Solid science, and Dr. Anthony Fauci, are essential during this pandemic
It's hard to argue with Fauci, who has held his post through administrations of both parties since the early 1980s. But Trump stepped back up to give it a try.
"I'm probably more of a fan of that -- maybe than anybody," he said. "But I'm a big fan, and we'll see what happens. We all understand what the doctor (Fauci) said is 100% correct: It's early. But I have seen things that are impressive. We'll see. We're gonna know soon."
I have often said that if I ever write a book on Trump's presidency, the perfect title might well be, "We'll See What Happens." It seems to be his most-used conversational closer, regardless of the topic.
But this time he continued: "I feel good about it. That's all it is: Just a feeling. I'm a smart guy."
Right. As my copper bracelet-wearing dad used to say, whenever somebody tells you how smart they are, they probably aren't.
Still, Trump capped it off in familiar fashion: "I've been right a lot. Let's see what happens."
Yes, let's. Unfortunately, there are a lot of people who don't want to wait.
Dr. Vladimir Zelenko, a New York family doctor, got this national conversation started after treating people with coronavirus-like symptoms with an experimental treatment that includes the anti-malarial medication hydroxychloroquine, a less-toxic derivative of chloroquine.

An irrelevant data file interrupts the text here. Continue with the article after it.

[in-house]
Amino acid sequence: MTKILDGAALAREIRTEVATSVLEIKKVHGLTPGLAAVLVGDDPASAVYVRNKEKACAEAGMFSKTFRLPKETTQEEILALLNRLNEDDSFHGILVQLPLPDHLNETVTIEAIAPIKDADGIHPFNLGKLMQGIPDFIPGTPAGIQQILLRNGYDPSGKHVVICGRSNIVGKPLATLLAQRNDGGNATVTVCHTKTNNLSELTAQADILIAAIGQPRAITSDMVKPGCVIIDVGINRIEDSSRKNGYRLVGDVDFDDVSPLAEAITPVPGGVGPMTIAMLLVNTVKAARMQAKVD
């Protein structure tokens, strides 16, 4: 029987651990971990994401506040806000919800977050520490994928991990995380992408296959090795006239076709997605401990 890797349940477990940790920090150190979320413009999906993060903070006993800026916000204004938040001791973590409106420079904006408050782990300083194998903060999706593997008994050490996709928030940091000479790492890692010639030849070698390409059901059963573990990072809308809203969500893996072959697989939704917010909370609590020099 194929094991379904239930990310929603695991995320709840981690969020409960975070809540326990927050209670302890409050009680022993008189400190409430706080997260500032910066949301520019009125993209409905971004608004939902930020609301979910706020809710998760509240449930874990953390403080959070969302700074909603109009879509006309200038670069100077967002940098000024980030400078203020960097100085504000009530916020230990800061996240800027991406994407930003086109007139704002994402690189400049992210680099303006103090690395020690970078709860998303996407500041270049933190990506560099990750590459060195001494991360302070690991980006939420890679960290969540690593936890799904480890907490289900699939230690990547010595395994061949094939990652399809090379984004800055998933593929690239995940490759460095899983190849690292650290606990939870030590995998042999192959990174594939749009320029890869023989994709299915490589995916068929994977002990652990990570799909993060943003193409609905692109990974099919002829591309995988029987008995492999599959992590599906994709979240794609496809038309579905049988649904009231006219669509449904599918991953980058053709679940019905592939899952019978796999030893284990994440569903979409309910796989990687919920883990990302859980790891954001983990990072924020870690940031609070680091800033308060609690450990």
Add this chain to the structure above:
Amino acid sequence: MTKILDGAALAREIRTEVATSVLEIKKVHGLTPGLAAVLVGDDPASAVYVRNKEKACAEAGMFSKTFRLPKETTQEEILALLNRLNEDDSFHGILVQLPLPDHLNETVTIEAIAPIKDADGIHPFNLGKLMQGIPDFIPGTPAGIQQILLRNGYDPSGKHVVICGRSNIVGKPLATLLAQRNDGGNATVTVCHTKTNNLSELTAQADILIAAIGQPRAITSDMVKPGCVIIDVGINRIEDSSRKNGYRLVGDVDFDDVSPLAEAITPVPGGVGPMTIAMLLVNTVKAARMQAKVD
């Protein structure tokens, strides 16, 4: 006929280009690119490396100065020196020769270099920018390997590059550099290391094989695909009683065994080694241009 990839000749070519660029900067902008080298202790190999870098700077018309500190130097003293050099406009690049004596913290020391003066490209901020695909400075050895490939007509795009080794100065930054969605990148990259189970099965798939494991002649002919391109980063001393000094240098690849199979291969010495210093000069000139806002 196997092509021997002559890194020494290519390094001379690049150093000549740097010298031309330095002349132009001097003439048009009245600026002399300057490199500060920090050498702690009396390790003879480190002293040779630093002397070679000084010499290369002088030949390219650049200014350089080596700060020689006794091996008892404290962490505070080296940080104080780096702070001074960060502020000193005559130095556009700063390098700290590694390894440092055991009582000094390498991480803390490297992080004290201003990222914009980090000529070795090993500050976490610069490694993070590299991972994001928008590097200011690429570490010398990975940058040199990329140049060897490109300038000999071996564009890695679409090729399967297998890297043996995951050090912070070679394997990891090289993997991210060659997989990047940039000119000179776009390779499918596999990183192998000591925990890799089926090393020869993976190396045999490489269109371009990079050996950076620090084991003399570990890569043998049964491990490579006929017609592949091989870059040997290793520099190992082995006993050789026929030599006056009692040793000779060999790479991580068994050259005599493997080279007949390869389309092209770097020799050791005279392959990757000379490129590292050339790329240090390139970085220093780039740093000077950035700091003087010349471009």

Sean Hannity, Fox News host and close Trump friend, promoted Zelenko's claims on his TV and radio shows. Mark Meadows, incoming White House chief of staff, called Zelenko to get more information. Rudy Giuliani also praised him in a podcast interview, and Trump began to promote it as "very effective" and possibly "the biggest game changer in the history of medicine," despite the lack of proper testing and research to support that.
Still, self-described "smart guy" Trump has been smart enough to keep Fauci on his coronavirus task force, despite some loony claims by paranoid right wing and, I would argue, anti-science conspiracy theorists.
The wing nuts suspect or claim to suspect Fauci, a leading expert and advocate of social distancing, is secretly trying to undermine Trump's reelection chances. In fact, he's a major asset in Trump's effort to stop the virus and keep his job.
But don't expect rational thinking from the paranoid right or left. The threats have led to Fauci's receiving enough death threats to be assigned enhanced personal security. Asked about it, he bravely shrugged off the threats and security as an unfortunate part of his job. But he deserves better. Much better.
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